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Art of the Wristlock – DVD Review

November 17, 2008


Roy Dean’s Art of the Wristlock is a two disk set that holds over two hours of extremely well-thought material. For anyone with an interest in expanding their jiu-jitsu arsenal, particularly in a sorely neglected area of submissions – the wristlock – this is an excellent addition to their library.

Unlike most instructional DVDs out on the market, aside from the focus on wristlocks and other incredible techniques, Roy’s DVDs takes great care and effort to link the wristlocks found in Aikido – an art form not necessarily synonymous with the word “effective” – and ingrain them with one that makes the claim to be the most effective martial art in the world, Brazilian Jiu-jitsu.

It is an aspect of the DVDs I was happy to find as I have an interest in Aikido as well. It’s no secret. This DVD set most certainly adds to my interest in the art. Despite my poking fun at Aikido I’ve changed my stance on it as it is definitely worth closer inspection. The Art is all in the details.

Disc One introduces techniques typically found in an Aikido or Japanese Jujutsu syllabus and presents them in both standup and groundfighting situations. Disc Two has three seminars that follow the train of thought that Disc One establishes.

Roy placing TJ, his uke,
in a sankyo bent armlock

Disc One Review
Roy starts off by sharing his martial arts background and his views on jujutsu as a whole, and this was the part of the disc I most thoroughly enjoyed. I always find it interesting when others who’ve done so much share themselves, their ideas and their experiences.

The themes and notions that Roy touches upon are ones I’ve encountered in my martial art journey. Some were even in line with my current view and philosophy concerning martial arts and Jiu-jitsu.

I’m sure there will be those that do not agree with Roy’s views, I for one am thankful it’s in this DVD. His introduction also reminds me of the discussions among my friends in Hawaii after a hard session of cross training.

Roy then goes over the five basic wristlocks in Aikido and presents them in a manner usually not seen in Aikido. Hint: it rhymes with “resistance”. Kotegaeshi, the stereotypical standing wristlock that comes to mind (think of a certain action star and that’s kotegaeshi), is also presented in the same light. Applications for the wristlocks in groundwork and demonstrations of the wristlocks in action, as well as some promotional clips, wrap up the disc.

My only complaint would be that this disc lacks close ups of the grips or hand positioning in applying these locks. I really would have liked to see where Sankyo’s “magic” pressure point is. But that’s all.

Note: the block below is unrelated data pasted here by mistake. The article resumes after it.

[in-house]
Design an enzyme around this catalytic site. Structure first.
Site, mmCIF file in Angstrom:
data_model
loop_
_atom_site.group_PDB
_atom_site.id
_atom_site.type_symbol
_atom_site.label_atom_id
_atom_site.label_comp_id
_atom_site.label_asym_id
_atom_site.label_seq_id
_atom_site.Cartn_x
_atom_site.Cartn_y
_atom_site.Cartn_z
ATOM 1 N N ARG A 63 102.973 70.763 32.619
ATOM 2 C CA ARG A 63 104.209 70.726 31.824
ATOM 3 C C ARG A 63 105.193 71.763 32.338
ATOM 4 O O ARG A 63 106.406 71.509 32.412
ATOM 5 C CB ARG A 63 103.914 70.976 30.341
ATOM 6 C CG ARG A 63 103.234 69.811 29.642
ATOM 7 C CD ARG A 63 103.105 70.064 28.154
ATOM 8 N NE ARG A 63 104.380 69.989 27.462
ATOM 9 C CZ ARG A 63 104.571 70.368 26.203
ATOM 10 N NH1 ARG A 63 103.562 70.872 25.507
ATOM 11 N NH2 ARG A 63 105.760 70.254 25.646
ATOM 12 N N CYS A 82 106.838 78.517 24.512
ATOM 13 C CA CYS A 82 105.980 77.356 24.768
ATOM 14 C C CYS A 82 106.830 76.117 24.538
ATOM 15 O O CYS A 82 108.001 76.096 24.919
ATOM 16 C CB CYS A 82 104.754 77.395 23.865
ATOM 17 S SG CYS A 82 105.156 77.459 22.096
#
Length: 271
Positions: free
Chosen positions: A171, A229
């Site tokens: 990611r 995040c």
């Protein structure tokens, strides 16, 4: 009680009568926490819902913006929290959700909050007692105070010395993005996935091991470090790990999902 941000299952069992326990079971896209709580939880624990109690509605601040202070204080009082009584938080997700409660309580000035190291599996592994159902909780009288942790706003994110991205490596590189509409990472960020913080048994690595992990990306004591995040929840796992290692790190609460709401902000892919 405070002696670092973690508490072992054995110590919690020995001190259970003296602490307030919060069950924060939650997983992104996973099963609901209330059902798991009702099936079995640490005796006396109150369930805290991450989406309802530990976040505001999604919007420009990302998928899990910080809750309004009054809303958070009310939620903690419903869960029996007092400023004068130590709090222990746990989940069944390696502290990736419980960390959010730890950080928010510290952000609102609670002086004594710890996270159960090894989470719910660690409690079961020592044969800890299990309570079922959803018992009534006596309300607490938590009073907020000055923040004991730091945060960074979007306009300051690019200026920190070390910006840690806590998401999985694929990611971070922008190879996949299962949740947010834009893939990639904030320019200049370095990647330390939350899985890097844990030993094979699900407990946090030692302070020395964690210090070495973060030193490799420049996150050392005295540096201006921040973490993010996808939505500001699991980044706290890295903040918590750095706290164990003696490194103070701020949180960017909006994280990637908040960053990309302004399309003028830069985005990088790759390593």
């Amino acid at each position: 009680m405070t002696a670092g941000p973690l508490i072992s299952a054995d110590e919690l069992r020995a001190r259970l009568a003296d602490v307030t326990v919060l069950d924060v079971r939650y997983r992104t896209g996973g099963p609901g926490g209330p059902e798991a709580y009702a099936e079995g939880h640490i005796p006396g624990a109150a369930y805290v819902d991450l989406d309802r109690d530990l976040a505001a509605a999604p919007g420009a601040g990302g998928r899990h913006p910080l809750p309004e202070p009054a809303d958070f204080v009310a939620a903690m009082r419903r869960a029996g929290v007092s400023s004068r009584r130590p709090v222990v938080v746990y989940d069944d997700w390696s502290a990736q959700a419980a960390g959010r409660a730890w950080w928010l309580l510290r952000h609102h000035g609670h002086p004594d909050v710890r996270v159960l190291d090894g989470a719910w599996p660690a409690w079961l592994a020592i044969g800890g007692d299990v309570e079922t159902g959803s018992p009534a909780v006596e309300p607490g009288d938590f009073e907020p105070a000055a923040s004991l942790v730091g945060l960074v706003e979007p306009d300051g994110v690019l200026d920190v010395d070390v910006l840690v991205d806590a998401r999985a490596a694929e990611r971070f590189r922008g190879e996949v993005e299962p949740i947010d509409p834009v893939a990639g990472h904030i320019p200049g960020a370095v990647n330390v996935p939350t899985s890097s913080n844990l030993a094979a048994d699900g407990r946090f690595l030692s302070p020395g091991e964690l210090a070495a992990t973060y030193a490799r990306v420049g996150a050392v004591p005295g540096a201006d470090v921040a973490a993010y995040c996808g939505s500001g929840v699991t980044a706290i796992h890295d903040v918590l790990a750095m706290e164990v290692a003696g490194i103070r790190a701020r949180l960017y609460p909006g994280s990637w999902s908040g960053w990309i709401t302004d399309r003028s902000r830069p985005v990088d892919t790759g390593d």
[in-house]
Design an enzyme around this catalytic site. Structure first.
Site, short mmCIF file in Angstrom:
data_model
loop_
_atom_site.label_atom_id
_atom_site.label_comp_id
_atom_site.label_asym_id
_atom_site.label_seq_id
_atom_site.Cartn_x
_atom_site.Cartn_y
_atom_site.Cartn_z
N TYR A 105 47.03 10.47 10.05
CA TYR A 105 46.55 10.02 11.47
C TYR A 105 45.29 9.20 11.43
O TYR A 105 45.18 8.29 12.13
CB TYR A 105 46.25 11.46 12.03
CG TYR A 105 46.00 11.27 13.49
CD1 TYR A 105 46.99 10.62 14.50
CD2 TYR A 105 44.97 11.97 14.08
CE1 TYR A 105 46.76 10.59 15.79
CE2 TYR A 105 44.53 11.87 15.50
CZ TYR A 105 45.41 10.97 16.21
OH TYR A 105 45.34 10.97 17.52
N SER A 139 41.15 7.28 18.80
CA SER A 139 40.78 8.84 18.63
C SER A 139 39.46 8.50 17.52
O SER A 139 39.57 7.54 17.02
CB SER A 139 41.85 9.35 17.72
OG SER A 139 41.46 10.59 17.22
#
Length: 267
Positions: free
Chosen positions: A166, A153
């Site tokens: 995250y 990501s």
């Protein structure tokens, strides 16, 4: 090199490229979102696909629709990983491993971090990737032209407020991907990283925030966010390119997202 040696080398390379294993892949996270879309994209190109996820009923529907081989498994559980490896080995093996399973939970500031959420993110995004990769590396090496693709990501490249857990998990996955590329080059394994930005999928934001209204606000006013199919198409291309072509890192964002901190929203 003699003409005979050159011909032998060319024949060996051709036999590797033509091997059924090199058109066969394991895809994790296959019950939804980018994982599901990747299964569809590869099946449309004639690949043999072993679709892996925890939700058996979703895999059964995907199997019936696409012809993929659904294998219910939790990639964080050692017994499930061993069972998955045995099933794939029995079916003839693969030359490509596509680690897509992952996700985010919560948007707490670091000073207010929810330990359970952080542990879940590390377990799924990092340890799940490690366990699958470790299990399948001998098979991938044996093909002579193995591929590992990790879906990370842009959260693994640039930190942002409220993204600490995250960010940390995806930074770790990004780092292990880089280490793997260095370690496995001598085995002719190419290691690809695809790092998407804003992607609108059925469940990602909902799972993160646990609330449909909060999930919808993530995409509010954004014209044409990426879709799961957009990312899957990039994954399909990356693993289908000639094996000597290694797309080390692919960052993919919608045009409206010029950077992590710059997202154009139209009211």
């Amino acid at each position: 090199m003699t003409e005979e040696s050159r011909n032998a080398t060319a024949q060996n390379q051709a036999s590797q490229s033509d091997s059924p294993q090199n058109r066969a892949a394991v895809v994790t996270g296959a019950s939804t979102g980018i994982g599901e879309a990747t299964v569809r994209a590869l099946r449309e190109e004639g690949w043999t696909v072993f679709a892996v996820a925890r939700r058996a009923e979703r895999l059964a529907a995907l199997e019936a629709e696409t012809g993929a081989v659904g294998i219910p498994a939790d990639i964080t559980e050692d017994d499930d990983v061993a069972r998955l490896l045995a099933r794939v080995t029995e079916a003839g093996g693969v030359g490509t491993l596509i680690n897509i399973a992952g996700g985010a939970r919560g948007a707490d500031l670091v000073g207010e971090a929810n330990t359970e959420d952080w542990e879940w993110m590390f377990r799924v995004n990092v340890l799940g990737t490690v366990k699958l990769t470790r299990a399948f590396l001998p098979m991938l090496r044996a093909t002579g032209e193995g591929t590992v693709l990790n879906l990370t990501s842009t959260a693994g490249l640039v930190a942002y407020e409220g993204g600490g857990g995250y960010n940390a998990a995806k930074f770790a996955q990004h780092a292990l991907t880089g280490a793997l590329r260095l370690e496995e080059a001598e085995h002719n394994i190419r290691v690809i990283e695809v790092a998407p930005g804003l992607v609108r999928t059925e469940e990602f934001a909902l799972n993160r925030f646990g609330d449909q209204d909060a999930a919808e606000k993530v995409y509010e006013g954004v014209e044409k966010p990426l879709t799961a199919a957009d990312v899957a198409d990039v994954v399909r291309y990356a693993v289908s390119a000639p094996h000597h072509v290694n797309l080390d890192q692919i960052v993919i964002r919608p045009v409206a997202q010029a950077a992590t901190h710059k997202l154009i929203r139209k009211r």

Despite its title, Art of the Wristlock
has lots of groundwork techniques

Disc Two Review
Because the second disc covers three seminars it is nothing but details. The level of detail is astounding. It completely makes up for the shortcoming in disc one and then some. Did I mention about the details in this disc?

The second disc is worthy of standing alone and being sold by itself. The fact that it is included in this DVD set serves as notice to Roy’s eagerness to share his expression of jiu-jitsu.

Roy presents the principles behind the techniques first from a standing position and then on the ground. His explanations are precise, and his transitions of taking a wristlock from standup and finishing it on the ground are smooth and fluid.

From this disc I learned so much about the finer points of wristlocks from a standing position. I learned so much about their applications on the ground. I even learned a lot of new details for basic BJJ techniques I never thought were there.

More importantly it got me excited.

Personally, I’ve come to realize that a technique is only as good as it excites me, because if I get excited the more fun it’ll be to drill it. And drilling isn’t exactly the most exciting of training methods so the more interesting the technique, the more drills I’ll put into it. (Just to let you know, I don’t find the omoplata very exciting)

If just watching a seminar by Roy Dean on a DVD got me excited, I wonder how it would be to actually attend one of them. Which reminds me, the level of conduct in these seminars impressed me.

There was no one crowding around the when the techniques were taught; everyone was polite and sat patiently. It seemed oddly familiar and I didn’t pick up on it until later being that I live in a country were manners and good conduct surround me on a daily basis.

The only thing I would caution against is watching this disc right after coming home from training. Not a good idea. Retaining any technique or analytical insight is guaranteed to get lost in the many, many delicious details of disc two.


From the introspective look of one practitioner’s martial art experience to the crisp technical details of both Aikido and Brazilian Jiu-jitsu, I was pleasantly surprised with the Art of the Wristlock. For me, it’s more than just an instuctional DVD set.

It provides far more than giving me other options besides a “gooseneck” wristlock. Far more than just clarifying basics to fine tune and tighten up my BJJ game. I can’t really put my finger on it, but I suspect it may have something to do with Roy Dean’s signature quote – Discover Who You Are.

I’ve taken away so much I really don’t know where to begin.

I do know that I am looking forward to seeing how this helps me grow. Especially with my own expression of jiu-jitsu.

3 Comments leave one →
  1. November 28, 2008 3:10 am

    Nice review. I started my journey in martial arts with chin na in college. We did a lot of wristlocks in that class (just a semester). I’m going to have to get this dvd.


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